Psychology delves into the depths of human behavior, revealing that our emotions drive our actions while logic merely follows along to rationalize our choices post facto. This psychological principle extends its influence into the realm of marketing, demonstrating that humans attribute personality traits to brands just as they do to people. Selecting your favorite brand is akin to choosing your best friend or life partner, as it elicits emotions and feelings within you.
However, emotions often cloud our judgment, especially when we are faced with tasks that may inflict internal turmoil. For instance, delivering constructive criticism or parting ways with something we hold dear, such as scrapping a cherished topic from our team’s content calendar.
Nonetheless, there is a method to subdue this emotional bias, a thought process characterized by its sheer objectivity and data-driven nature. It’s called the rational decision-making model, and it serves as a guide for making decisions founded on logic, even in circumstances of great consequence, such as a complete overhaul of your blogging strategy.
Before we embark on an exploration of the steps in this powerful decision-making process, let’s first elucidate what rational decision-making entails and understand its significance.
What is Rational Decision Making?
Rational decision-making is a problem-solving methodology that prioritizes objectivity and logic over subjectivity and intuition to accomplish a specific objective. The primary goal of rational decision-making is to identify a problem, evaluate various alternatives, and arrive at a solution.
In the digital marketing sphere, possessing the skill of rational decision-making is of paramount importance. Human beings are inherently emotional creatures, and our biases and beliefs can obscure our perception of reality. Thankfully, data acts as a clarifying lens through which we can view the world. It liberates us from the need to rely on our assumptions and allows us to discern what our audience genuinely appreciates about our brand.
Rational Decision-Making Model: 7 Easy Steps
Step 1: Verify and Define Your Problem
To assert the existence of a problem, you must furnish evidence. Many marketers believe that data holds the key to diagnosing any issue in their strategy. However, it’s not enough to possess data; you must derive meaningful insights from it to substantiate your claims. Without insights, you’re merely staring at numbers in a spreadsheet. To pinpoint the precise problem, collect a substantial amount of data related to your area of concern and subject it to meticulous analysis to reveal any noteworthy patterns or trends.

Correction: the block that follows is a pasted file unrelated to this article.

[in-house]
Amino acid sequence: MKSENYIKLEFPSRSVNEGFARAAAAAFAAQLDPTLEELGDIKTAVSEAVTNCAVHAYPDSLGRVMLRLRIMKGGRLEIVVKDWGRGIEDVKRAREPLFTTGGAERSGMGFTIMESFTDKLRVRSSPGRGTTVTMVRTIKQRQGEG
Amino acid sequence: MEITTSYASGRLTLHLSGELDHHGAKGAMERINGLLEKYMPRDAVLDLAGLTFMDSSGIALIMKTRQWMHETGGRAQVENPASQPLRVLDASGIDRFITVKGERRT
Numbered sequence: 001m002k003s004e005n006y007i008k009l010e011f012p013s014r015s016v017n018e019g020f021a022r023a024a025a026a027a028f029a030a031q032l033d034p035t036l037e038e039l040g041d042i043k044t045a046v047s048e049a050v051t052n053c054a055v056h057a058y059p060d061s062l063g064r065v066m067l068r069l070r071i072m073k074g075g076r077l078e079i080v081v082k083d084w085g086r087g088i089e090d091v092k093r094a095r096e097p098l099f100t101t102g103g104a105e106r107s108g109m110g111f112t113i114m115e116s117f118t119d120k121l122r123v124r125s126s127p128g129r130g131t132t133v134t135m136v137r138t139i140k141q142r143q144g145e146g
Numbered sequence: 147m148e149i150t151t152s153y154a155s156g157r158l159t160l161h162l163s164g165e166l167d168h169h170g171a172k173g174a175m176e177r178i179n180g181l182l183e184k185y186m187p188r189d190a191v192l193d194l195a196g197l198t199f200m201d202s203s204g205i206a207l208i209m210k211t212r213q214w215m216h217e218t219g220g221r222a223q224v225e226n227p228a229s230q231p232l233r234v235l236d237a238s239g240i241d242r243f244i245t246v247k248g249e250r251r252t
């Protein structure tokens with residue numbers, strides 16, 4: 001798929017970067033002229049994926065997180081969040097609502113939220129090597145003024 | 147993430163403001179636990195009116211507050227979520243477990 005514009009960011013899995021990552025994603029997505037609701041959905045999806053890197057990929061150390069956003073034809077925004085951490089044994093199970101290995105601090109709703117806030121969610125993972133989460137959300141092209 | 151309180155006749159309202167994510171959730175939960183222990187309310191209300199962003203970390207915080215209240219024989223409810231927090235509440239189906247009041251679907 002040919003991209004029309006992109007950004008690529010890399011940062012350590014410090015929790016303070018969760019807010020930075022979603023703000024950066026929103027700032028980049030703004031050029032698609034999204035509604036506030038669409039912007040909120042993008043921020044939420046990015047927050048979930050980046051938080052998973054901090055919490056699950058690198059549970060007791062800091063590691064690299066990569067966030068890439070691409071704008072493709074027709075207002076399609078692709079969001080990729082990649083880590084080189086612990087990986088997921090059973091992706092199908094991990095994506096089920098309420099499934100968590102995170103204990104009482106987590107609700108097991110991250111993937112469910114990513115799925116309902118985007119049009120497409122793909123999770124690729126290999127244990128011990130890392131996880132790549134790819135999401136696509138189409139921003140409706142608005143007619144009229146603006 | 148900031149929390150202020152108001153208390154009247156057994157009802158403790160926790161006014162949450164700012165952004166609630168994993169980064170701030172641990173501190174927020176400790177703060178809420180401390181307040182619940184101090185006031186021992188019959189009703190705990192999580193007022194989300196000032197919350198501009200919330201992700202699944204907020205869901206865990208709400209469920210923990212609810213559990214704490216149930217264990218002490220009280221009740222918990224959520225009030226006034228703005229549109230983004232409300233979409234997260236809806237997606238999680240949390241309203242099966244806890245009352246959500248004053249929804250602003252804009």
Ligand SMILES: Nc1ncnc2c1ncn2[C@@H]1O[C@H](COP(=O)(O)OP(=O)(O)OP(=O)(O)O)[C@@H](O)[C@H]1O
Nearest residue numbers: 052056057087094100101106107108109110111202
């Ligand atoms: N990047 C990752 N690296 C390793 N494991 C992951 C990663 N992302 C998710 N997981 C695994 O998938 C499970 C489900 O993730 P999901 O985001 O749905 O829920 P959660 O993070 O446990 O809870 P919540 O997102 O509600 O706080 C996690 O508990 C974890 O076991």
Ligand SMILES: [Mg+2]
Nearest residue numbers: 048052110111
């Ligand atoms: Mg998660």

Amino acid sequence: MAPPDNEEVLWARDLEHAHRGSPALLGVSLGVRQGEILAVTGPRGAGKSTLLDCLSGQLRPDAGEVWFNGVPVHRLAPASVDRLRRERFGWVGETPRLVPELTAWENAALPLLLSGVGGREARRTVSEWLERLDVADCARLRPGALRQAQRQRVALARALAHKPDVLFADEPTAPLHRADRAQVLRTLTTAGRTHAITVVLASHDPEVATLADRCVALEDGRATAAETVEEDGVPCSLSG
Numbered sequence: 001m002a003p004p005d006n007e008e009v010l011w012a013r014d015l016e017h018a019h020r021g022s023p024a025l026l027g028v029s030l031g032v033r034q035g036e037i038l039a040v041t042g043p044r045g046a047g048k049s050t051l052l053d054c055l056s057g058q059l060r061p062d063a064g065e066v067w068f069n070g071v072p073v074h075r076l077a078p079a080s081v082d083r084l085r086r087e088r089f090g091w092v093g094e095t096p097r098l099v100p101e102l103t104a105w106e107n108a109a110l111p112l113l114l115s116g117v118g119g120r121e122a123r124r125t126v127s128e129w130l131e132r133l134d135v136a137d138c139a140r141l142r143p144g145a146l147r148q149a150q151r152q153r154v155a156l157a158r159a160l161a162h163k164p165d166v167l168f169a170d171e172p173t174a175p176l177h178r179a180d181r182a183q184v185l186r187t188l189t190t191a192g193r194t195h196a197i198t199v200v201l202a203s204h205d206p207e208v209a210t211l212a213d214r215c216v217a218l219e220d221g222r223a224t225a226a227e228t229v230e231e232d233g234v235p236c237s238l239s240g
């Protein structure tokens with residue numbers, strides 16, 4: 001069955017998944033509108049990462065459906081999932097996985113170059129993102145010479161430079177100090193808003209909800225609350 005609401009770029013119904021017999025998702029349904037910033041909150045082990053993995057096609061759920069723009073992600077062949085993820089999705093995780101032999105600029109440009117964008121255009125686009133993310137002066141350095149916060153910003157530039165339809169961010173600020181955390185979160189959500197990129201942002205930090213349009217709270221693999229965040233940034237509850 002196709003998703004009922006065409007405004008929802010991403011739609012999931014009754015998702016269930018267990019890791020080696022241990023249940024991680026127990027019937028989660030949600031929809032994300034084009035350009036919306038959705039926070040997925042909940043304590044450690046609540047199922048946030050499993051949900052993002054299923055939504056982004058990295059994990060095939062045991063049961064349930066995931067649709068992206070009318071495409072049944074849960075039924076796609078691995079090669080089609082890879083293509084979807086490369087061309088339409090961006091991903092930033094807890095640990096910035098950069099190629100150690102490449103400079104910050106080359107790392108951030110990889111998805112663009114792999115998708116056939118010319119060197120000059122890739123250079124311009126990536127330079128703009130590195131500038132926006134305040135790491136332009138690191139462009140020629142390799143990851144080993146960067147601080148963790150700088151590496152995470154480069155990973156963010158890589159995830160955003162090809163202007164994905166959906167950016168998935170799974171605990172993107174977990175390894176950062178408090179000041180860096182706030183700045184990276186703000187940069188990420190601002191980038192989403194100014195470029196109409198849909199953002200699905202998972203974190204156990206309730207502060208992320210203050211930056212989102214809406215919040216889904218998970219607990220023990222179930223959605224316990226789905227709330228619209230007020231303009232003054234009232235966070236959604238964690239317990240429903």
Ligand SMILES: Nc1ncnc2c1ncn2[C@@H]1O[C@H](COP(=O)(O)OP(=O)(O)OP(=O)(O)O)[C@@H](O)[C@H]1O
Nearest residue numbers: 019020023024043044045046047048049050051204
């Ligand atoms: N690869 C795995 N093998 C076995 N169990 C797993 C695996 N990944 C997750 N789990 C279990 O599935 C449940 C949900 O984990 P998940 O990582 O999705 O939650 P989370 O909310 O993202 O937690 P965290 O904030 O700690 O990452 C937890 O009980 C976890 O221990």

“After analyzing our blog traffic report, we now understand why our traffic has stagnated over the past year. While our organic traffic experiences slight month-over-month growth, our email and social traffic have been declining.”
Step 2: Research and Brainstorm Possible Solutions
Broadening your pool of potential solutions enhances your chances of resolving the problem. To uncover as many potential solutions as possible, you should amass a wealth of information pertaining to the problem, drawing from your own knowledge as well as external sources. Brainstorming with others can also prove invaluable in uncovering additional viable solutions.
Potential Solution 1: “We could focus on simultaneously increasing organic, email, and social traffic.”
Potential Solution 2: “We could concentrate on enhancing email and social traffic simultaneously since organic traffic exhibits steady month-over-month growth, while email and social traffic are on the decline.”
Potential Solution 3: “Focusing solely on social traffic might yield better results as it’s easier to grow compared to email and organic traffic. Additionally, we already have a substantial Facebook following, allowing us to reach a large audience.”
Potential Solution 4: “Concentrating exclusively on increasing email traffic could be a feasible approach, given its relative ease of growth in comparison to social and organic traffic. Moreover, we already have 250,000 blog subscribers, providing a substantial reader base.”
Potential Solution 5: “Prioritizing the augmentation of organic traffic emerges as the most straightforward path to enhance our blog’s overall traffic. Our website boasts a high domain authority, with Google accounting for a significant chunk of our traffic. Furthermore, the recent implementation of a pillar-cluster model is poised to attract a substantial readership from Google.”
Step 3: Set Standards of Success and Failure for Potential Solutions